It's time to change my tack. Today I'm going to argue that what the insurance industry needs is not more honest people but an objective evaluation service to keep more people honest. It took me a while to get here. And I arrived because readers squawked at all my earlier arguments.

When I write a column suggesting that the insurance industry needs a better distribution system, I get a pile of letters (e-mails) suggesting that what I don't know about insurance would fill all the oceans of the world. Or my editor gets letters suggesting that he might throw me in one of those oceans and hire a new and improved insurance writer.

When I write that many fee-only planners simply refuse to get involved in life insurance because they consider commissions too slimy, I get letters from advisors telling me that their colleagues who are afraid of insurance are either ignorant or cowardly or both and I shouldn't let them off the hook for that.

Recently I heard from Edward Dee Hinds, a CLU and CFP in Paso Robles, Calif., who wrote to say that he would be happy one day to see life insurance distributed by fee-only planners, something I've been arguing for a long time. But until then, he makes a couple of practical interim suggestions: leveling out the cost of commissions rather than paying them up front in the first policy year. And requiring those advisors who don't want to learn about insurance to call themselves "investment advisors" rather than "financial advisors." By refusing to learn about insurance, these planners show "a lack of true concern for the client and for the advisor's fiduciary responsibilities," he says.

When I write a column criticizing the cost of insurance delivery, an agent writes this to me: "Have you ever tried to sell an insurance policy? It's not easy." True. But the commission paid should not be compensation for stuffing a bad policy down someone's throat. It should be for finding the best policy available for that client. I don't think we should give up on understanding life insurance, and I don't think we should give clients' money to the agents who insist they deserve it because selling insurance is a nearly impossible job and should be well paid.

OK. So now that everyone agrees with me-more or less-I'm going to argue that what we need is an objective rating system that allows even someone who doesn't know how to tear apart a policy to compare life insurance. And that also allows an advisor to fulfill his fiduciary responsibility to clients.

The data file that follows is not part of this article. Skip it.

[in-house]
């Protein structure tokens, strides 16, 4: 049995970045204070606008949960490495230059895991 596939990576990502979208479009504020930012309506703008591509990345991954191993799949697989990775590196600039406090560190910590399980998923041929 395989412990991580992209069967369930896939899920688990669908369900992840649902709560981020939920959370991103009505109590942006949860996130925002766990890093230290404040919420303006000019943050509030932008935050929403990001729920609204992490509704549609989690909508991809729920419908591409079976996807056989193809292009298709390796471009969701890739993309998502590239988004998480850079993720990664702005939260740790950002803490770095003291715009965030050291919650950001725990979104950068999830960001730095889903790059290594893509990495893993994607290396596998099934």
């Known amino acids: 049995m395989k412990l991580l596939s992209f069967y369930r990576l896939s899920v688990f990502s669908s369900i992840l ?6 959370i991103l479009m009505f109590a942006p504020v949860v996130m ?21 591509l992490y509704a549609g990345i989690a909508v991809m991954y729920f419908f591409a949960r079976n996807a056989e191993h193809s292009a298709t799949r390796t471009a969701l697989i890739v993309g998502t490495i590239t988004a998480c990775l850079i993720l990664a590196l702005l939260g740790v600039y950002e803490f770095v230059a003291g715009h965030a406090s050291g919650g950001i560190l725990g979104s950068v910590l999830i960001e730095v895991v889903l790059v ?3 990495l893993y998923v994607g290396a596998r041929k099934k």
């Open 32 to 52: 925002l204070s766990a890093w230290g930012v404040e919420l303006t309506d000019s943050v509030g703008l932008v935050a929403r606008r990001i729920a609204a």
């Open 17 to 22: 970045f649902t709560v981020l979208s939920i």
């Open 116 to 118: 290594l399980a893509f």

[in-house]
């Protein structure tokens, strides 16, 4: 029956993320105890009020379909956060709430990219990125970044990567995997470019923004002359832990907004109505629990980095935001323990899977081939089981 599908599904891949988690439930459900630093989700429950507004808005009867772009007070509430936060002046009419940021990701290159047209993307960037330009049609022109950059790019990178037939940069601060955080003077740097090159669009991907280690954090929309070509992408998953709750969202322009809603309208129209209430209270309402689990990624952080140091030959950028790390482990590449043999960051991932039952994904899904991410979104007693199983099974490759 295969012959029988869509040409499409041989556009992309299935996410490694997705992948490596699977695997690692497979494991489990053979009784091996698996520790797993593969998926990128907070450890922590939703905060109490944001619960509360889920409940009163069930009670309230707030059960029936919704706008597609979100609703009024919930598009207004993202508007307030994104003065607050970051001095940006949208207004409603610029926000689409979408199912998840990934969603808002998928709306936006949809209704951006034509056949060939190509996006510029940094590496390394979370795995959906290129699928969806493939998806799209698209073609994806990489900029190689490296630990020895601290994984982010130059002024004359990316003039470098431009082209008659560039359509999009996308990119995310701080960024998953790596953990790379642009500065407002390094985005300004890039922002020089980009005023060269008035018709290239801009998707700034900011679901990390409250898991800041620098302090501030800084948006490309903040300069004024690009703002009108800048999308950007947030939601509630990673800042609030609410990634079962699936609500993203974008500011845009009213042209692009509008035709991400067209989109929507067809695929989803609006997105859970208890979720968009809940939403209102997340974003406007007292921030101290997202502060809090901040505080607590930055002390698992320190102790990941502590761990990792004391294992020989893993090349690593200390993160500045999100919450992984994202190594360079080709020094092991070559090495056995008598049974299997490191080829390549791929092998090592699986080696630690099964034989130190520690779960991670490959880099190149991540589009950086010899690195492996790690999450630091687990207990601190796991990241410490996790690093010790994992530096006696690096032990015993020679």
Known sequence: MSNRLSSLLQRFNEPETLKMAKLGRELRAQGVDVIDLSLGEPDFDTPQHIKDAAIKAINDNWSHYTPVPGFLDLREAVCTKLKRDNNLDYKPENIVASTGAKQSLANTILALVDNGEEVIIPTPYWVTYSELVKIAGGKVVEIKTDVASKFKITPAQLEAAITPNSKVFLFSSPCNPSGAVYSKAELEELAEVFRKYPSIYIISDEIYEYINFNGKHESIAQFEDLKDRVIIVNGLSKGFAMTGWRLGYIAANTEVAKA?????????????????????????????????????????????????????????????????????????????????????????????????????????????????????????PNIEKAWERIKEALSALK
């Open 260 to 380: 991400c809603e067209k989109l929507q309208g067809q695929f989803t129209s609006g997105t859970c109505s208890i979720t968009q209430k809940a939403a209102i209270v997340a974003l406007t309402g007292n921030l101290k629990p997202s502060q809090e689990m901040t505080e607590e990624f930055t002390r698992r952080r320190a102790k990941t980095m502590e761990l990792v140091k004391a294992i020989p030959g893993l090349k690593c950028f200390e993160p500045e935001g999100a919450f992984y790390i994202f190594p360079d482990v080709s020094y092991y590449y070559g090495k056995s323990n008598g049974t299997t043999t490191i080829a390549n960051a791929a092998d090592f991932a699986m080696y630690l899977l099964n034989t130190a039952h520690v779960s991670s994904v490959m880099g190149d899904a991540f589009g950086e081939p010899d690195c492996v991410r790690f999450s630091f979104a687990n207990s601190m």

Let's face it. The insurance industry is secretive. Insurers don't like people to know how they hide their fees by, for example, making it possible to raise mortality expenses without telling the policyholder. This fall I had lunch with an agent who is being forced out of his company, one of the biggest insurers in the country, because the insurer doesn't like the fact that he talks to reporters and tells them "the truth" about company products. Of course we all know wonderful people who sell insurance. But we don't know many people who evaluate policies in a way the common man can understand.
I'm not here to give a sales pitch for Barry Flagg and his company, The Insurance Advisor, which is equipped to evaluate and compare policies from different companies and demonstrate which is best for a particular person. Remember, what I don't know about insurance would fill all the oceans of the world. I can't evaluate The Insurance Advisor. I can't say that it fulfills the fiduciary duties of an advisor.

Still, what I've heard about it intrigues me. Flagg claims that The Insurance Advisor is to insurance products what Morningstar is to mutual funds. Unlike other insurance services that simply provide safety ratings for companies, TIA compares two-or more-policies (either load or no-load), shows the cost of various elements of each policy and publishes ratings and research on the product.

Flagg built the system himself out of what he says was his frustration with the lack of objective ratings for insurance products. "No one would sell a mutual fund based on a 30-year projection," he says. "The insurance vehicle is no different from any other instrument you use."

The premium can be broken down into investment and expenses so that the client can see which policy is better for him and why. A subscription to The Insurance Advisor allows a user regular access to the system for $99.95 per month. A research report costs a subscriber $125. A nonsubscriber can get an individual research report for $500. Flagg got a patent on his product in 2002. The only revenues TIA collects are those paid by subscribers to the service. The research report includes a star rating like Morningstar's. These stars rate not the overall policy but rather how good a match it is for a person of a particular age and gender and health condition.

First « 1 2 3 » Next